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Corporate Social Responsibility and The Companies Act 2013
14 Mar 2014

                                                 Corporate Social Responsibility (CSR)

In recent years, increasing attention has been given to the concept of Corporate Social Responsibility (CSR), defined as a Company’s sense of responsibility towards the Community and the environment (both ecological & social) in which it operates. It is the responsiveness to the stakeholder’s legal, ethical, social and environmental expectations. CSR is understood to be the way firms integrates social, environmental and economic concerns into their values,culture, decision-making, strategy and operations in a transparent and accountable manner and thereby establish better practices within the firm,creates wealth and improves the society. The CSR approach is holistic and integrated with the core business strategy for addressing social and environmental impacts of business.


Within the broader concept of corporate social responsibility, the concept of Triple Bottom Line (TBL) is gaining significance and becoming popular amongst corporate.The concept of TBL is that the business entities have more to do than make just profits for the owners. TBL is made up of “Social, Economical and Environmental”aspects and indicated by the phrase “People, Planet, Profit”.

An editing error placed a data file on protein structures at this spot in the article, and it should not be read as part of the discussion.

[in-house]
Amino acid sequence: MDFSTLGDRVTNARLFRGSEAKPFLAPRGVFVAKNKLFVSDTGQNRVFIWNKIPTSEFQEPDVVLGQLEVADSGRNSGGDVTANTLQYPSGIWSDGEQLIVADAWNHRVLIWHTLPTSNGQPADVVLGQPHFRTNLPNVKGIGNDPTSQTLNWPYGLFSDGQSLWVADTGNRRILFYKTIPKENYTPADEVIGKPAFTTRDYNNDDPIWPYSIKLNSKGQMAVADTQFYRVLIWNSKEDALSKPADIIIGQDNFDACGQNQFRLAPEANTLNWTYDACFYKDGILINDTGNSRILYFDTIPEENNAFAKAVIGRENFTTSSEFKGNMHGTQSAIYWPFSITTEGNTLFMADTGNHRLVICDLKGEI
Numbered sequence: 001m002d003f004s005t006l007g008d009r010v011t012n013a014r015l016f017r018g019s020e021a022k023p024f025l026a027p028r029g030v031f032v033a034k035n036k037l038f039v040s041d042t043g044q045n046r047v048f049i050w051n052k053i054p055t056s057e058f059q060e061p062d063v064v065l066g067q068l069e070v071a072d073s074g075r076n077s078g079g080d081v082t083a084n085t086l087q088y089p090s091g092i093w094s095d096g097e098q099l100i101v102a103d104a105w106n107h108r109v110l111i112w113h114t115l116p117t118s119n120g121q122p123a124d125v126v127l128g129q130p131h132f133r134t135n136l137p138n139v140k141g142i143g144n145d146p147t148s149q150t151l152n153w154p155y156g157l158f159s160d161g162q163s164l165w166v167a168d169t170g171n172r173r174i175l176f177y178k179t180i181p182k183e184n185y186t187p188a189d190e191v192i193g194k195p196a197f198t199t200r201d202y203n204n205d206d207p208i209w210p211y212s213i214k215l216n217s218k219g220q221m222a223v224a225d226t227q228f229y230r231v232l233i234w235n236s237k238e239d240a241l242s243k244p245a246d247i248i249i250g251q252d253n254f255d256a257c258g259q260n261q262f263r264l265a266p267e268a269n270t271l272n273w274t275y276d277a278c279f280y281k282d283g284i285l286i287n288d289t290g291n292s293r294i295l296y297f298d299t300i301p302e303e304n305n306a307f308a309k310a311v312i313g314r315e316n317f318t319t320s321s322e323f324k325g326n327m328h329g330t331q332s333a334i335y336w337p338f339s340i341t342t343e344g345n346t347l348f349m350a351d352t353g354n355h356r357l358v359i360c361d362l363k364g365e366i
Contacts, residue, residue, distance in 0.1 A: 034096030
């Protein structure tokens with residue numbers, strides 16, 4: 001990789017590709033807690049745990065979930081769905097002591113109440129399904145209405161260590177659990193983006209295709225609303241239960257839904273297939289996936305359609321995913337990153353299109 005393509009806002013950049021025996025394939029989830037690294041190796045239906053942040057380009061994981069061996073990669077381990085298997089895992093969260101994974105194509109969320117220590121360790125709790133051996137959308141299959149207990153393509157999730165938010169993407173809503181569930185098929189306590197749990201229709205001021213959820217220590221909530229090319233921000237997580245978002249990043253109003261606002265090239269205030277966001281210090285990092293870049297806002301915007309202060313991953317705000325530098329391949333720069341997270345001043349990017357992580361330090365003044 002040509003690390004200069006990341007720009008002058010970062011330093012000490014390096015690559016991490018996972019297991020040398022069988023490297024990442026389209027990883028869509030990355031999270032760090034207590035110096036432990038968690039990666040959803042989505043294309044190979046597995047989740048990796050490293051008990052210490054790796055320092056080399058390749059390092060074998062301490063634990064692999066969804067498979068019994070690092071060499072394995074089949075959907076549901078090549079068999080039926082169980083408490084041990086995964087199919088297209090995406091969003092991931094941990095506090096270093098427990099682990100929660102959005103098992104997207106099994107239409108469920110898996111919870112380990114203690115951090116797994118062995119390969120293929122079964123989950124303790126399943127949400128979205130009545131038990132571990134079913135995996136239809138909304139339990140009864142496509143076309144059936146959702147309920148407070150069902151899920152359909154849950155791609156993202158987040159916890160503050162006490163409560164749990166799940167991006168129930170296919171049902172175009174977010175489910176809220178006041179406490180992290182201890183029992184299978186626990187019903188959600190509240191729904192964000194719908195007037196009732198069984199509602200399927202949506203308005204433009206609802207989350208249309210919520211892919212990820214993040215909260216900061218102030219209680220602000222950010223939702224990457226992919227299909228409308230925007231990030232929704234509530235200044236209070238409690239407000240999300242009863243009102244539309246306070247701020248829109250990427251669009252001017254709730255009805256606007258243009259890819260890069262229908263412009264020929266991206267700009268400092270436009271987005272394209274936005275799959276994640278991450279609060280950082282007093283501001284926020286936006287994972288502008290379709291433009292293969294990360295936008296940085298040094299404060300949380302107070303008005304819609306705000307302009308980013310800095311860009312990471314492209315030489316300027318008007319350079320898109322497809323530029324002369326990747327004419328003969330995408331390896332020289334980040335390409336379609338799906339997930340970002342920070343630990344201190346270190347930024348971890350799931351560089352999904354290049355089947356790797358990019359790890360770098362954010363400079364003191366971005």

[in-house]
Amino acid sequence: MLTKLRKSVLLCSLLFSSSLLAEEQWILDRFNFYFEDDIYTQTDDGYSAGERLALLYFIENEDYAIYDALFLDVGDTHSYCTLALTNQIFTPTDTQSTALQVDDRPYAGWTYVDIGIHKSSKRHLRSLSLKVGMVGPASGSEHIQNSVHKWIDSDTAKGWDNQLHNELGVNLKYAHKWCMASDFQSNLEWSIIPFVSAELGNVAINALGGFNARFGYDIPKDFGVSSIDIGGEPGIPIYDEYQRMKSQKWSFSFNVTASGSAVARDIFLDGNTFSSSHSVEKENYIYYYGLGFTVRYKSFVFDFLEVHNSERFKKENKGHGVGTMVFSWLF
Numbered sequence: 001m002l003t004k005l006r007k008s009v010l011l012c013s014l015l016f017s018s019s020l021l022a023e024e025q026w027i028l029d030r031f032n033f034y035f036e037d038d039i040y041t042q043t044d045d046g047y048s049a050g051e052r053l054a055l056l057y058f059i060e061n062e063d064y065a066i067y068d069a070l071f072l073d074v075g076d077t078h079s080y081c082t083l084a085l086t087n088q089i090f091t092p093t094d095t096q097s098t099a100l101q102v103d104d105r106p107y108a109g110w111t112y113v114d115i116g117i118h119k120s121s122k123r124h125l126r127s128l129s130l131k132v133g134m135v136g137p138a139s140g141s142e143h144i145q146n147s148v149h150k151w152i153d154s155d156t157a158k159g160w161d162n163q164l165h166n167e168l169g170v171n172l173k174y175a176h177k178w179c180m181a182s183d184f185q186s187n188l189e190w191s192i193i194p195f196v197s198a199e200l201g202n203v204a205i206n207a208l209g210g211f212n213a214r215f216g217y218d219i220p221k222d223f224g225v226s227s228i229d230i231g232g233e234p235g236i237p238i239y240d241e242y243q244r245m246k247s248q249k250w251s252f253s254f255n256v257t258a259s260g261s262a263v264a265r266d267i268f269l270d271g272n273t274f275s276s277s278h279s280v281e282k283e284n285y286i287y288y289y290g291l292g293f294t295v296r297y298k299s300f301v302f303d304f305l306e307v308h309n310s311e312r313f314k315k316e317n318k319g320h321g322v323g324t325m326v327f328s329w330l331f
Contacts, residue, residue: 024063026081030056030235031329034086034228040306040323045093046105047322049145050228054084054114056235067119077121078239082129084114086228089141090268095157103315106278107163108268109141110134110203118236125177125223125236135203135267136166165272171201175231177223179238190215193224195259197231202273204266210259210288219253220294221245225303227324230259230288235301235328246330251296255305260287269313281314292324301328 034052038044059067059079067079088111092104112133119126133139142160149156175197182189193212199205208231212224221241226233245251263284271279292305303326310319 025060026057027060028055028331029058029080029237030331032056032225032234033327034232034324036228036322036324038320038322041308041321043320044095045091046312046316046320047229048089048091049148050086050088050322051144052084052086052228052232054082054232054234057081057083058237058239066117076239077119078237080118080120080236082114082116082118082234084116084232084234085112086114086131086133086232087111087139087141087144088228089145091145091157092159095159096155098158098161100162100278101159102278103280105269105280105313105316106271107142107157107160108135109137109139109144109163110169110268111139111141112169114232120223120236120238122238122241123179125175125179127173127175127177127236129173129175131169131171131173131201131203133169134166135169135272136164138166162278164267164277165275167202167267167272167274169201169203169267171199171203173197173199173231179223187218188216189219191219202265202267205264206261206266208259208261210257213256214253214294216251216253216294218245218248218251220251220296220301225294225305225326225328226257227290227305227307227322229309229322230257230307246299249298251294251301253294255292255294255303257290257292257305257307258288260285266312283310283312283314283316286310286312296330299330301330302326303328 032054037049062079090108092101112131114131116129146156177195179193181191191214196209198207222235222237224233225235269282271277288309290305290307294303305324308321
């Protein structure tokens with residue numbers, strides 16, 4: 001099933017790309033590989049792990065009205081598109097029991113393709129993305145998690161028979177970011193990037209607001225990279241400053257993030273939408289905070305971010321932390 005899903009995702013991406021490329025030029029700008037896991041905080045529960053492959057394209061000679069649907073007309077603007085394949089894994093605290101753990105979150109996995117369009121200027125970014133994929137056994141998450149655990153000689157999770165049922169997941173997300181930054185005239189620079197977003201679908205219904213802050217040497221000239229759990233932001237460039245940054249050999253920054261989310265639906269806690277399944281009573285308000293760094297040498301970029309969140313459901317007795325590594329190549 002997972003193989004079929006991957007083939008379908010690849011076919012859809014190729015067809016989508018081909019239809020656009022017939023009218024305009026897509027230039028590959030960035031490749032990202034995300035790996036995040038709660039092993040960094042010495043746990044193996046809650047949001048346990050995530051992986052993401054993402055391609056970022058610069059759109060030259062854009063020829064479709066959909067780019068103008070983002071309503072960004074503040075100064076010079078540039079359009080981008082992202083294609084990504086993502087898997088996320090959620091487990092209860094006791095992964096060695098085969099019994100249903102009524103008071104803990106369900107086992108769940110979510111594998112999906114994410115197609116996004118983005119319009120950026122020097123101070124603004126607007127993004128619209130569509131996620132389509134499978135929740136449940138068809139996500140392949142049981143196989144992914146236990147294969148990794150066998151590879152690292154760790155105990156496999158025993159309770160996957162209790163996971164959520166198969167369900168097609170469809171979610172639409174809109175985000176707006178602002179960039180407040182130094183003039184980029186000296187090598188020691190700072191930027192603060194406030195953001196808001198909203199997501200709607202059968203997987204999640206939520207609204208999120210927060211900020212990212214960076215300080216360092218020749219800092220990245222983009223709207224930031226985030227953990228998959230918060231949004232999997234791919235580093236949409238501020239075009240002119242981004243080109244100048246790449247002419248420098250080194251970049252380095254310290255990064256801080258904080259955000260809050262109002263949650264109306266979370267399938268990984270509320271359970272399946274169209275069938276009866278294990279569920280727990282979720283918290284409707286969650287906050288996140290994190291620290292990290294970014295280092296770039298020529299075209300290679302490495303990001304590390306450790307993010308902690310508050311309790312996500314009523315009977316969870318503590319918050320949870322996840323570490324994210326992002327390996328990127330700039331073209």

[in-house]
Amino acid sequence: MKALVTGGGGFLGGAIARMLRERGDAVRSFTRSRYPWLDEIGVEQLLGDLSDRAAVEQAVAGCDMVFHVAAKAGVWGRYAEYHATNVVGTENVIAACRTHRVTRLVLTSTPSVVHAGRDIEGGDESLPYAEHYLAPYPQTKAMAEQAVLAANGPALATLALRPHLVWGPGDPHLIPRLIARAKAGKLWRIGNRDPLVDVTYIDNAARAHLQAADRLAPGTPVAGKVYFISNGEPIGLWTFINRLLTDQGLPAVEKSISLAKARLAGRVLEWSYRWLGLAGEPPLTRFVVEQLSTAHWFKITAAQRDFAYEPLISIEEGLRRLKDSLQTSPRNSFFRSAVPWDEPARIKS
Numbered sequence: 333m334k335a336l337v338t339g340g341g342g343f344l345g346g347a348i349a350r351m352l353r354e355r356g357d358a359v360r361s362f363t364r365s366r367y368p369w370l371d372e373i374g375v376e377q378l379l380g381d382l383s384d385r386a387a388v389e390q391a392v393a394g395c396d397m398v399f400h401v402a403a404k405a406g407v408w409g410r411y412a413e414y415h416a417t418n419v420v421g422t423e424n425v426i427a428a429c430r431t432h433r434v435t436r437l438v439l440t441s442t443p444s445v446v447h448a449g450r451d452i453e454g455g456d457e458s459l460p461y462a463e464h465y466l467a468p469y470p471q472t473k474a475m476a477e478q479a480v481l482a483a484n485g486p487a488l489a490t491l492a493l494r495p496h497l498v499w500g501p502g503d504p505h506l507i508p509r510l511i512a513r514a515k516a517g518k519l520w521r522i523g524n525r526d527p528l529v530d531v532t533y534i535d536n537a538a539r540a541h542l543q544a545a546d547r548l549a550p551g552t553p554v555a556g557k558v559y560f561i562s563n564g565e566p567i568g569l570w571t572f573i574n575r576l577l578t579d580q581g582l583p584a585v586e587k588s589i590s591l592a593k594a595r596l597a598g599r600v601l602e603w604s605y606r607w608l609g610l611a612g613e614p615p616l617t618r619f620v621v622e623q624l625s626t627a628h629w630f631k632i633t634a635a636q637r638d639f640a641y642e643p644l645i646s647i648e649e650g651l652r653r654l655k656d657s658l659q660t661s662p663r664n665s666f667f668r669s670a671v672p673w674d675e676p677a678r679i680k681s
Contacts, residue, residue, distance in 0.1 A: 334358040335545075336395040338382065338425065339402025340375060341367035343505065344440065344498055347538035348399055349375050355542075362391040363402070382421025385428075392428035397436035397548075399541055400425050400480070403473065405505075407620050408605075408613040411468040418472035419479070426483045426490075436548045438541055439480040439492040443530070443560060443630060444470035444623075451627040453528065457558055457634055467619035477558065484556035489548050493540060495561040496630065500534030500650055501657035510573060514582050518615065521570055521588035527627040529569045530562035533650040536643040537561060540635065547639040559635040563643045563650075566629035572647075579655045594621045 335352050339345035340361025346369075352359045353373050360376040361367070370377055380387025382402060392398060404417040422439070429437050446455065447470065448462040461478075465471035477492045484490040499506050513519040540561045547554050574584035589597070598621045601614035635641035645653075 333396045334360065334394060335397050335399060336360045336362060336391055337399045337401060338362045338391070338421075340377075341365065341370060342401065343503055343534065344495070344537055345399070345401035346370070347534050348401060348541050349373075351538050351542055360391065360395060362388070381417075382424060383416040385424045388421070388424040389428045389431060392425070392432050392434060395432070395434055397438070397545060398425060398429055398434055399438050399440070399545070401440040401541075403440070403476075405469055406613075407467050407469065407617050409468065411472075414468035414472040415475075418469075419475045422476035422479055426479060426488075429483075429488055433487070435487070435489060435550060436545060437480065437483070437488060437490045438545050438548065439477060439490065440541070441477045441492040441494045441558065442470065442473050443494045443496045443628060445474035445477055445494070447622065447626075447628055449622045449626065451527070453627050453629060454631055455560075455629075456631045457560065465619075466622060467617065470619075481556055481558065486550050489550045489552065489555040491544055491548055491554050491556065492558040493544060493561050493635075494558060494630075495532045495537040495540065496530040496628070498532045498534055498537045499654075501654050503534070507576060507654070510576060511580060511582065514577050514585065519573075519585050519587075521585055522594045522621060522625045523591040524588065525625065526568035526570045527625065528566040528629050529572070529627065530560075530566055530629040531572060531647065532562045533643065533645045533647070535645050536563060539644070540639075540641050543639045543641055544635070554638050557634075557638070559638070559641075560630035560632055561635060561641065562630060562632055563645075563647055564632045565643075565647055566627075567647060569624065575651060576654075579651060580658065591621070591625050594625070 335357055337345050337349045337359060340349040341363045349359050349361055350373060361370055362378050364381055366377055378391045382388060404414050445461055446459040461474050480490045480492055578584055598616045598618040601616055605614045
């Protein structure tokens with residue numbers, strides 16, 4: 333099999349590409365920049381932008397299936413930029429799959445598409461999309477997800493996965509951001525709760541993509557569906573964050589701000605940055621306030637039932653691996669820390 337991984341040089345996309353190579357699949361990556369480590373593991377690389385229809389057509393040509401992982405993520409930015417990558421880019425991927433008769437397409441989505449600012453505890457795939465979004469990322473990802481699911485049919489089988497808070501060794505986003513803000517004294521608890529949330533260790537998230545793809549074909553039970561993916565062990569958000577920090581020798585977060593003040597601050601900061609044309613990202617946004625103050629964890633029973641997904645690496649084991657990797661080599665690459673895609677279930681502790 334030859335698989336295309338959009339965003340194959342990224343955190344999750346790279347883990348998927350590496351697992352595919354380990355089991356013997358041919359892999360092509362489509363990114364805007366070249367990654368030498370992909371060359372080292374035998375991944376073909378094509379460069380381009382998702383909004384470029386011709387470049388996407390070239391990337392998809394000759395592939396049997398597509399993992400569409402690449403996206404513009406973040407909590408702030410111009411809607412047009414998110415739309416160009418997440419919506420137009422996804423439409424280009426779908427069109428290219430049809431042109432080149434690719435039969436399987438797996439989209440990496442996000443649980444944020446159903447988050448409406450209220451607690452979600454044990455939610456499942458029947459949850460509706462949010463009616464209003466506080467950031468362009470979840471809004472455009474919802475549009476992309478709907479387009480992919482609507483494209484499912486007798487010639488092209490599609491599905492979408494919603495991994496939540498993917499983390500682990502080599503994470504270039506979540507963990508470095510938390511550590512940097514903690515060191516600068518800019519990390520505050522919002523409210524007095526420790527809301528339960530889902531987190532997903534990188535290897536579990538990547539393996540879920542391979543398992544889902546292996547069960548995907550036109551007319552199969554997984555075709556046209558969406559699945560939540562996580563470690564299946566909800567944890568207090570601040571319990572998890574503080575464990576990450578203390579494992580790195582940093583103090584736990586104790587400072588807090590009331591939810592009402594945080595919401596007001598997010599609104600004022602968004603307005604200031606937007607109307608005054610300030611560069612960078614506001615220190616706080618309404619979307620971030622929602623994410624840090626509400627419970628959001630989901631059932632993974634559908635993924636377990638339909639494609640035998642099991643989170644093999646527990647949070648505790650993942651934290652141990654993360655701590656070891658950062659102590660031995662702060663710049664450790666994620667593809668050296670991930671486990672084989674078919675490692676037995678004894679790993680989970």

It is important to draw a distinction between CSR which is a strategic management concept and Philanthropy. Philanthropy means the act of donating money, goods,time, or efforts to support a charitable cause in regard to a defined objective. Corporate Social Responsibility on the other hand is about how a company aligns their values to social causes by collaborating with the investors, suppliers, employees, regulators and the society as a whole.


A properly implemented CSR concept into the business framework can bring a wide variety of advantages: such as favorable public image, brand equity of products of the company, efficient & dedicated human resource base, enhanced customer loyalty, better sales and increased profits, better decision-making,enhanced government support, access to global markets & capital etc.


The Ministry of Corporate affairs has notified the Section 135 and schedule VII of the Companies Act, 2013 as well as the provisions of the Companies (Corporate Social Responsibility Policy) Rules, 2014 to come into effect from 1st April 2014. The Companies Act, 2013 has introduced the idea of CSR to the fore front and its promoting greater transparency and disclosure.

Every company (Private limited or Public limited) which has a net worth of Rs 500 crore or a turnover of Rs 1,000 crore or net profit of Rs 5 crore, needs to spend at least 2% of its average net profit for the immediately preceding three financial years on corporate social responsibility activities. The CSR activities must be with respect to the activities mentioned in Schedule VII of the new Companies Act.